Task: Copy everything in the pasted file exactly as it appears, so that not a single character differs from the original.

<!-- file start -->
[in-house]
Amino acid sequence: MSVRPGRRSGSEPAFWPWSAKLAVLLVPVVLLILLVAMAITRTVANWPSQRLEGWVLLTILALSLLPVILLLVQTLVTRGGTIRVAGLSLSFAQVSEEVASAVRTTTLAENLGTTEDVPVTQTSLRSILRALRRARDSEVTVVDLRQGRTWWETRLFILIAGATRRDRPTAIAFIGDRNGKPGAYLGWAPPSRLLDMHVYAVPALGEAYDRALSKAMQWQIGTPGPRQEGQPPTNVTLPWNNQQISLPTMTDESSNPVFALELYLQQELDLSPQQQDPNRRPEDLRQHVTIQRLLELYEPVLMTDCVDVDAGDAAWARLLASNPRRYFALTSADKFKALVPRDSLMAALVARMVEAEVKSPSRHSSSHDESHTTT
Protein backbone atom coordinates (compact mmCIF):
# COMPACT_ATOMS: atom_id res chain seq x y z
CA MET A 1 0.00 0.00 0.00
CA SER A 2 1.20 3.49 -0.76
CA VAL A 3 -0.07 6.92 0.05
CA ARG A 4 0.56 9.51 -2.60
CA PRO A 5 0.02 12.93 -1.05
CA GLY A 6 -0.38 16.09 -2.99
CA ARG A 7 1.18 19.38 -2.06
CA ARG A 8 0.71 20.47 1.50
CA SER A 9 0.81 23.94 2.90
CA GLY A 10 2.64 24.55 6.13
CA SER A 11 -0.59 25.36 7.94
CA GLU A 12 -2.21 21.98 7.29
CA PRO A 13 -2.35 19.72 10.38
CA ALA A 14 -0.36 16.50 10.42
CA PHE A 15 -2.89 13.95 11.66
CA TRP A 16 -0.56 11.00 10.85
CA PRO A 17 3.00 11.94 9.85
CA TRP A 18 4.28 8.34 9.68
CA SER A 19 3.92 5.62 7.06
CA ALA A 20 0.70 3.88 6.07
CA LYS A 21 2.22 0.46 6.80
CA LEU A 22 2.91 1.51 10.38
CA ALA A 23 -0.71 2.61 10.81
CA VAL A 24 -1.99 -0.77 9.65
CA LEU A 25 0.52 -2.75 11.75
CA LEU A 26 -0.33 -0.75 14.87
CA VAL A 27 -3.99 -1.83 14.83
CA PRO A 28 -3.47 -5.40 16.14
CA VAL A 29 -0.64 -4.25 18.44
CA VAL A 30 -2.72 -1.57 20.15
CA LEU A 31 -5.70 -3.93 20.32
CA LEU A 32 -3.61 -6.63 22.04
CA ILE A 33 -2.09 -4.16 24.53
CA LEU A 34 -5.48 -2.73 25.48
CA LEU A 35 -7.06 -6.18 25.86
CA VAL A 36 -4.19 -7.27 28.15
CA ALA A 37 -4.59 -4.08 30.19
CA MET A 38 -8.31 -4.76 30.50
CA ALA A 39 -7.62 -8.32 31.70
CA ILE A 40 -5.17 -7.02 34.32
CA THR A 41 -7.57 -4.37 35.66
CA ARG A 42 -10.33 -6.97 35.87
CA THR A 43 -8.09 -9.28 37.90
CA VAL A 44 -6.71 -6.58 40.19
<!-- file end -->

[in-house]
Amino acid sequence: MSVRPGRRSGSEPAFWPWSAKLAVLLVPVVLLILLVAMAITRTVANWPSQRLEGWVLLTILALSLLPVILLLVQTLVTRGGTIRVAGLSLSFAQVSEEVASAVRTTTLAENLGTTEDVPVTQTSLRSILRALRRARDSEVTVVDLRQGRTWWETRLFILIAGATRRDRPTAIAFIGDRNGKPGAYLGWAPPSRLLDMHVYAVPALGEAYDRALSKAMQWQIGTPGPRQEGQPPTNVTLPWNNQQISLPTMTDESSNPVFALELYLQQELDLSPQQQDPNRRPEDLRQHVTIQRLLELYEPVLMTDCVDVDAGDAAWARLLASNPRRYFALTSADKFKALVPRDSLMAALVARMVEAEVKSPSRHSSSHDESHTTT
Protein backbone atom coordinates (compact mmCIF):
# COMPACT_ATOMS: atom_id res chain seq x y z
CA MET A 1 0.00 0.00 0.00
CA SER A 2 1.20 3.49 -0.76
CA VAL A 3 -0.07 6.92 0.05
CA ARG A 4 0.56 9.51 -2.60
CA PRO A 5 0.02 12.93 -1.05
CA GLY A 6 -0.38 16.09 -2.99
CA ARG A 7 1.18 19.38 -2.06
CA ARG A 8 0.71 20.47 1.50
CA SER A 9 0.81 23.94 2.90
CA GLY A 10 2.64 24.55 6.13
CA SER A 11 -0.59 25.36 7.94
CA GLU A 12 -2.21 21.98 7.29
CA PRO A 13 -2.35 19.72 10.38
CA ALA A 14 -0.36 16.50 10.42
CA PHE A 15 -2.89 13.95 11.66
CA TRP A 16 -0.56 11.00 10.85
CA PRO A 17 3.00 11.94 9.85
CA TRP A 18 4.28 8.34 9.68
CA SER A 19 3.92 5.62 7.06
CA ALA A 20 0.70 3.88 6.07
CA LYS A 21 2.22 0.46 6.80
CA LEU A 22 2.91 1.51 10.38
CA ALA A 23 -0.71 2.61 10.81
CA VAL A 24 -1.99 -0.77 9.65
CA LEU A 25 0.52 -2.75 11.75
CA LEU A 26 -0.33 -0.75 14.87
CA VAL A 27 -3.99 -1.83 14.83
CA PRO A 28 -3.47 -5.40 16.14
CA VAL A 29 -0.64 -4.25 18.44
CA VAL A 30 -2.72 -1.57 20.15
CA LEU A 31 -5.70 -3.93 20.32
CA LEU A 32 -3.61 -6.63 22.04
CA ILE A 33 -2.09 -4.16 24.53
CA LEU A 34 -5.48 -2.73 25.48
CA LEU A 35 -7.06 -6.18 25.86
CA VAL A 36 -4.19 -7.27 28.15
CA ALA A 37 -4.59 -4.08 30.19
CA MET A 38 -8.31 -4.76 30.50
CA ALA A 39 -7.62 -8.32 31.70
CA ILE A 40 -5.17 -7.02 34.32
CA THR A 41 -7.57 -4.37 35.66
CA ARG A 42 -10.33 -6.97 35.87
CA THR A 43 -8.09 -9.28 37.90
CA VAL A 44 -6.71 -6.58 40.19